The UK government has confirmed it will close a legal loophole which has allowed drivers to escape prosecution for hand-held mobile phone use while behind the wheel.
Transport Secretary Grant Shapps says he will urgently take forward a review to tighten up the existing law preventing hand-held mobile use while driving.
Currently, drivers are prevented by law from using a hand-held mobile phone to call or text. However, people caught filming or taking photos while driving have escaped punishment as lawyers have successfully argued this activity does not fit into the “interactive communication” currently outlawed by the legislation.
Revised legislation will mean any driver caught texting, taking photos, browsing the internet or scrolling through a playlist while behind the wheel will be prosecuted for using a hand-held mobile phone while driving.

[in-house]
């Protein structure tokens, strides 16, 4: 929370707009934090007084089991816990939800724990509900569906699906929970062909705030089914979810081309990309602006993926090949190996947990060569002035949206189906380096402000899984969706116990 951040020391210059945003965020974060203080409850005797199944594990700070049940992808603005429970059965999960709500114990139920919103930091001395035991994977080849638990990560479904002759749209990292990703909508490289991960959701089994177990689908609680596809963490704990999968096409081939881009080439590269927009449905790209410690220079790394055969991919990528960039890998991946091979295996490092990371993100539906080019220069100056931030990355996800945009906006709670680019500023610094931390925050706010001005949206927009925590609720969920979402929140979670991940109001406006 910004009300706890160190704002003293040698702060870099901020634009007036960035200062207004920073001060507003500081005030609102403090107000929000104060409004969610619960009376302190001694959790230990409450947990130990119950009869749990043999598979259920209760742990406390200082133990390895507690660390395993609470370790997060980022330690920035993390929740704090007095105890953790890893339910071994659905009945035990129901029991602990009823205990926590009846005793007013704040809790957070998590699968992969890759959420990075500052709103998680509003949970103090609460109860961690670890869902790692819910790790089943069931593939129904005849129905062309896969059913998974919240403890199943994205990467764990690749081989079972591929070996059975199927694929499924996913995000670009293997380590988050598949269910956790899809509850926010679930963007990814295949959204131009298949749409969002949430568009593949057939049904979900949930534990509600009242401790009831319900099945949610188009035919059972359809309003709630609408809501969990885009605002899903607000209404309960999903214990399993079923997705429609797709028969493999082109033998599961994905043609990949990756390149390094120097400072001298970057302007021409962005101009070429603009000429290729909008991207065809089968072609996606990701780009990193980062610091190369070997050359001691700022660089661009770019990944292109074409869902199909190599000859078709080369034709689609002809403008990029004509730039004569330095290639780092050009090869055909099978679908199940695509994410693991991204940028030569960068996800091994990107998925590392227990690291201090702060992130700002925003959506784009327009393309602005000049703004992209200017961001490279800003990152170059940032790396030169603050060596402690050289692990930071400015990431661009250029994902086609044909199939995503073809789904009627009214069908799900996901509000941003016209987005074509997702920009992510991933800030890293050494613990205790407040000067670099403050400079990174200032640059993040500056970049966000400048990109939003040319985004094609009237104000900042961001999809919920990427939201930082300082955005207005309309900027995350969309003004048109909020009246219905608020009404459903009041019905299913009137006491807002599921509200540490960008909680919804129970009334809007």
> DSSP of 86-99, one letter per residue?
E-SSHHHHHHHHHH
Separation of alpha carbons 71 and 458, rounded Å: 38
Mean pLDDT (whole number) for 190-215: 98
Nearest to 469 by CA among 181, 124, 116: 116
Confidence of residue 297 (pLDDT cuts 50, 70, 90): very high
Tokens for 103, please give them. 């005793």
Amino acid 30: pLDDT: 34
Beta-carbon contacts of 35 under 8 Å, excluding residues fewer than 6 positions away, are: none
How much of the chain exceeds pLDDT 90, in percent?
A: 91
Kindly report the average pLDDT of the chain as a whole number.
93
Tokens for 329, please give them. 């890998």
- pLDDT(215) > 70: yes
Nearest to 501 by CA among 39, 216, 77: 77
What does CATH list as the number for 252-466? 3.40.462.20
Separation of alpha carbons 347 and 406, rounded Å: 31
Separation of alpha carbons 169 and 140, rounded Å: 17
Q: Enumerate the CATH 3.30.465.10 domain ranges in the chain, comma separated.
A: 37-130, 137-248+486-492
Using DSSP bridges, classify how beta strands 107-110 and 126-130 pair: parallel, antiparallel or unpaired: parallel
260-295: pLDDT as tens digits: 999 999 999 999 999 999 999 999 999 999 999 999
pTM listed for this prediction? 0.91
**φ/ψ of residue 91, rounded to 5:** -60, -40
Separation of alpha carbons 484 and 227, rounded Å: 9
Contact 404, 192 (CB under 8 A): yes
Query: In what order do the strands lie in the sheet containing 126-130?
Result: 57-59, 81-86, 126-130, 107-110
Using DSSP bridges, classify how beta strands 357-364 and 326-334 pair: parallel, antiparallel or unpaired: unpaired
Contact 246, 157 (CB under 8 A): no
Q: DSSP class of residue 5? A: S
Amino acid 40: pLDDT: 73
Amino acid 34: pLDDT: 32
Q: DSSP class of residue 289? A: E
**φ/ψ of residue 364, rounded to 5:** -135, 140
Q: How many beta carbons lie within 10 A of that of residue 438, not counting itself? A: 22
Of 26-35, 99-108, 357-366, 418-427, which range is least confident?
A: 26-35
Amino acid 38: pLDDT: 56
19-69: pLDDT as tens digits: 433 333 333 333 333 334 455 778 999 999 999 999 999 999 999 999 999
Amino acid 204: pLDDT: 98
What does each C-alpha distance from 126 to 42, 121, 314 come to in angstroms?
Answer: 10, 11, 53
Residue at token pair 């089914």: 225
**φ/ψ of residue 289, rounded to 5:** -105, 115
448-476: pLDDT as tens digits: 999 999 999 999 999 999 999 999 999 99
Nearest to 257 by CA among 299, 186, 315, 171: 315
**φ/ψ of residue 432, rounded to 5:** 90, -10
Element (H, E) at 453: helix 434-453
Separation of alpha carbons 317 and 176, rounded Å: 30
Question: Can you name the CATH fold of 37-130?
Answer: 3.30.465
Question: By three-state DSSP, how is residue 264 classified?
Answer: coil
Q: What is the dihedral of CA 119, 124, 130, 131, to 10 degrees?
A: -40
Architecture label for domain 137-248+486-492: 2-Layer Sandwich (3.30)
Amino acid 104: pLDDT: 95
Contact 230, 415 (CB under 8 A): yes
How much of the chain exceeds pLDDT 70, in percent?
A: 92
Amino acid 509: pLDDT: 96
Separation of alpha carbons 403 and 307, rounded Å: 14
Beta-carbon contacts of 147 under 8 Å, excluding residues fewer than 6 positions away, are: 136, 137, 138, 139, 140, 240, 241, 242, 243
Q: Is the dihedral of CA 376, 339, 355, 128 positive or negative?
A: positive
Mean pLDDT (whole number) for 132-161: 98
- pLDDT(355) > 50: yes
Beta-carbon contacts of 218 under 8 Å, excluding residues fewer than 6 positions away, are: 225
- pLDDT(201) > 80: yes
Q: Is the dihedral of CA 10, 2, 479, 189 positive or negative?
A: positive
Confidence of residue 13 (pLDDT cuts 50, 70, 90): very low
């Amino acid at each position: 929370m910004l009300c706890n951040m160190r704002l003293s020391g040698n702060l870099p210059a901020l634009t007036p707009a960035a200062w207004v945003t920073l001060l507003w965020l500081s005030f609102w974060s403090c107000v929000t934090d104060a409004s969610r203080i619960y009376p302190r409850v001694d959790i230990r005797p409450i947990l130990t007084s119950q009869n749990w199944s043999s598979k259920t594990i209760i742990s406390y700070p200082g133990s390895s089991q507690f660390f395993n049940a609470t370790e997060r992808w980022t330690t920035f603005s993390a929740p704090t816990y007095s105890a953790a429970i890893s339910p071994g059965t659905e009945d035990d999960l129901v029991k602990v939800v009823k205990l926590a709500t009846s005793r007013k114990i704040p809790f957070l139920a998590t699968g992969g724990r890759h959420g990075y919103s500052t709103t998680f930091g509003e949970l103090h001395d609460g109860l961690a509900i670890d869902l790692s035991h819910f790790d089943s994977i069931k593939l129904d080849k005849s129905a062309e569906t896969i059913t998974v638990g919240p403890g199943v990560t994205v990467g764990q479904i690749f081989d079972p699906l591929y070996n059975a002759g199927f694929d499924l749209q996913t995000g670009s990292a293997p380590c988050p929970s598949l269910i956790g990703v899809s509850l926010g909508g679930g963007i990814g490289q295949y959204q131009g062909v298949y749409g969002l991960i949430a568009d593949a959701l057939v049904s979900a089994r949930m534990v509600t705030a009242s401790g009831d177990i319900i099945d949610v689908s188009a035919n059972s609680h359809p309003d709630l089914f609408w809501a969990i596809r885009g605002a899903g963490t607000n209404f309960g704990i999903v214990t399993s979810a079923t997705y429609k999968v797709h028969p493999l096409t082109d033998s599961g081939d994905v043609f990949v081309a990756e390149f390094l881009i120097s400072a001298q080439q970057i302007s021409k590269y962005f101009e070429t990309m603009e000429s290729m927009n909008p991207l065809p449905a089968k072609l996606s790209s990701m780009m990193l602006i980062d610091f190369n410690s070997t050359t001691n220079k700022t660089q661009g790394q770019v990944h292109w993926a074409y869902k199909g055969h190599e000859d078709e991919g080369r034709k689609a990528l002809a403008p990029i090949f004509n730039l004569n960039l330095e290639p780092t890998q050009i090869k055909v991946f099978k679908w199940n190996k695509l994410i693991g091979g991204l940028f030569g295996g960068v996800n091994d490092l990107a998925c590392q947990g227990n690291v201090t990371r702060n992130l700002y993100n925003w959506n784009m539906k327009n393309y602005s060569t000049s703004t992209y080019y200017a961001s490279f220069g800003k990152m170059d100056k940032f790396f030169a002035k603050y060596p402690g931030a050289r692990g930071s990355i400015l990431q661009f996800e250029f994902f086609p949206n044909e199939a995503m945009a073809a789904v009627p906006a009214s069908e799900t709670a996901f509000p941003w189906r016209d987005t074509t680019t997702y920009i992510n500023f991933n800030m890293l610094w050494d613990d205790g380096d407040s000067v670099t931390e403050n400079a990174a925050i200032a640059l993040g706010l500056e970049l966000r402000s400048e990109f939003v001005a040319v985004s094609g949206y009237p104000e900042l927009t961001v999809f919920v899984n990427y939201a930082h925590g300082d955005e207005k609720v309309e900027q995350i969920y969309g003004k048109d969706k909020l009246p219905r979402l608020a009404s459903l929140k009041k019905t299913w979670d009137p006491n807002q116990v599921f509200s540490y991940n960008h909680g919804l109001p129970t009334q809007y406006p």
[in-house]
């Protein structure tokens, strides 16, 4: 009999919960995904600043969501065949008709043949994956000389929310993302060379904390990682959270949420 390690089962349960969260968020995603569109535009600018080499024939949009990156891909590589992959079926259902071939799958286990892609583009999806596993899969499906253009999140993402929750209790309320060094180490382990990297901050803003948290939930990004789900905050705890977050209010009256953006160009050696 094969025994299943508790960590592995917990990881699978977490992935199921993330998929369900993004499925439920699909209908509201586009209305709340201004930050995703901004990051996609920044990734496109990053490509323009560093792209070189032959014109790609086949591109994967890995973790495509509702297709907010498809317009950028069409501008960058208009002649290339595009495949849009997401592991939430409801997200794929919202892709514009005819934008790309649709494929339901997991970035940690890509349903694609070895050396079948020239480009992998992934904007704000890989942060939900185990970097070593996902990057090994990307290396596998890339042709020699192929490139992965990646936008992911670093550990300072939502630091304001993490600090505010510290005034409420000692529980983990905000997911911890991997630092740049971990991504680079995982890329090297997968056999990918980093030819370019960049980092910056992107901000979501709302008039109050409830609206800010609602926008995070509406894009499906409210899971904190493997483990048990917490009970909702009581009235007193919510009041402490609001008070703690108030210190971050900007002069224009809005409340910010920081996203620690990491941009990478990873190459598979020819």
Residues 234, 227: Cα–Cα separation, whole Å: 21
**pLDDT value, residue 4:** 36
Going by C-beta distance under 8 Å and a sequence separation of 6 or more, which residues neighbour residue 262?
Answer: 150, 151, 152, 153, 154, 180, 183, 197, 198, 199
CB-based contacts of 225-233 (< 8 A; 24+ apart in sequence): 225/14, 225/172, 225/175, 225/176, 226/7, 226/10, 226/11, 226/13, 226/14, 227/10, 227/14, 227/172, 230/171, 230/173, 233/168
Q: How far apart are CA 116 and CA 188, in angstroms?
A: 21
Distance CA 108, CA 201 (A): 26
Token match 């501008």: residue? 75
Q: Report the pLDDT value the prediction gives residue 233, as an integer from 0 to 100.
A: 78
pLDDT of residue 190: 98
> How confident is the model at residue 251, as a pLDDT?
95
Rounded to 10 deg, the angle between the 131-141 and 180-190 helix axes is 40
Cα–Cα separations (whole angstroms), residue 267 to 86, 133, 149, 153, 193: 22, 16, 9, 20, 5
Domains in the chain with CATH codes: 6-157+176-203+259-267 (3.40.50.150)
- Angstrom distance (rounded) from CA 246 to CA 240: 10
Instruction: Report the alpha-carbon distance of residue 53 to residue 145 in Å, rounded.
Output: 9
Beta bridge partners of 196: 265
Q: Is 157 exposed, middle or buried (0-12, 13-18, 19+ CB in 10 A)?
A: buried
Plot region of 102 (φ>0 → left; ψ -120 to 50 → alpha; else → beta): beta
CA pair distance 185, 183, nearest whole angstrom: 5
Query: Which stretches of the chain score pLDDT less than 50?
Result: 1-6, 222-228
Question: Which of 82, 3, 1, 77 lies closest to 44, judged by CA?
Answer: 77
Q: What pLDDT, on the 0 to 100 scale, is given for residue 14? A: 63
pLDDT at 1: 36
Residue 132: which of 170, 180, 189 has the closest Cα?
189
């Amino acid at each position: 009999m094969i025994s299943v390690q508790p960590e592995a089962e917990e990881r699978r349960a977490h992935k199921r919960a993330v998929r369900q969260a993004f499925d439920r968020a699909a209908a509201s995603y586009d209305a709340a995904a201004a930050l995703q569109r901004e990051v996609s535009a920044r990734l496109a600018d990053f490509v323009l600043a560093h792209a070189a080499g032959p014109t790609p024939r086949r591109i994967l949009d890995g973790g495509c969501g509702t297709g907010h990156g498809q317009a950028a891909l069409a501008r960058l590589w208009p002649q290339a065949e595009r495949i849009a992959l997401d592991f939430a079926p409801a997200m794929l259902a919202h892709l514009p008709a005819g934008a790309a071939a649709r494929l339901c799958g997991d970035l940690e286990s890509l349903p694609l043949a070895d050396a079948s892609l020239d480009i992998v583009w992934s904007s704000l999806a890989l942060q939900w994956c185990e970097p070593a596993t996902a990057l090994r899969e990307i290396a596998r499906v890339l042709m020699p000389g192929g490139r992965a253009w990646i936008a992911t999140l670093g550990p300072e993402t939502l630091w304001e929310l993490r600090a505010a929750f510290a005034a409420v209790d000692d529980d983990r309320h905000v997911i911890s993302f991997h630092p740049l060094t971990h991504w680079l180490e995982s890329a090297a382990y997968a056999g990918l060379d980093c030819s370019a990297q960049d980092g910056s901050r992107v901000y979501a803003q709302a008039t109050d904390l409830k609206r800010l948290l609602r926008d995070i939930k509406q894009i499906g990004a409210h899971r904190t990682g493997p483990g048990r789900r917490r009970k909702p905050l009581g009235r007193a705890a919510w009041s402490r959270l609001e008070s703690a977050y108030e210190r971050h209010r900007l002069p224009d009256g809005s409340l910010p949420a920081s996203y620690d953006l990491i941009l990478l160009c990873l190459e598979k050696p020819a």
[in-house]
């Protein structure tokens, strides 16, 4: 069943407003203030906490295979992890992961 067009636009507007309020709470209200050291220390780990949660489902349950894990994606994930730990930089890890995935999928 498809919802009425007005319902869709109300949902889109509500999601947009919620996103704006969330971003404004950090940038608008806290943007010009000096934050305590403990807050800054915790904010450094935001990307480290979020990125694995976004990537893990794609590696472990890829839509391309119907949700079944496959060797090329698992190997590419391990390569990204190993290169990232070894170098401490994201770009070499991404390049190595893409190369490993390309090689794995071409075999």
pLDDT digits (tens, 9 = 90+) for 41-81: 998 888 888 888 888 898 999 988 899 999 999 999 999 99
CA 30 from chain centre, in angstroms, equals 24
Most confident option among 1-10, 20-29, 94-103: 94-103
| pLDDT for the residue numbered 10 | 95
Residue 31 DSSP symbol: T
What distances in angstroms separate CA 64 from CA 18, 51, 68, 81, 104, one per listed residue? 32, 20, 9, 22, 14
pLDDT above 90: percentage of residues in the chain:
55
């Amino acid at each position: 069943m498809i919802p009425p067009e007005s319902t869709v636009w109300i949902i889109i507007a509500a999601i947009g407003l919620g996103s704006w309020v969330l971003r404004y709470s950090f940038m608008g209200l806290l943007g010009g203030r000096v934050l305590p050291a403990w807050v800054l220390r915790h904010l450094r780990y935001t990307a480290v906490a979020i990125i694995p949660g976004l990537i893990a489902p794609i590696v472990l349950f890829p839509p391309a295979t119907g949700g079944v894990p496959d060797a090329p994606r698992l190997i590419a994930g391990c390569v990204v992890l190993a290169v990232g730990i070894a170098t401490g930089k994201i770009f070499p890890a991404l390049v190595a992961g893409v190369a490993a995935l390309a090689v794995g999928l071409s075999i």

“We recognise that staying in touch with the world while travelling is an essential part of modern day life but we are also committed to making our roads safe,” said Shapps. “Drivers who use a hand-held mobile phone are hindering their ability to spot hazards and react in time – putting people’s lives at risk.”
The review will be urgently taken forward with further proposals expected to be in place by next spring, making the offence clearer for drivers and police forces.
“Drivers who use their phones are up to four times more likely to crash,” said Nick Lloyd, Head of Road Safety at the Royal Society for the Prevention of Accidents (RoSPA). “RoSPA highlighted this loophole in the summer and is delighted that such prompt action is being taken to ensure that all hand-held mobile phone use is to be prohibited, making our roads safer for all.”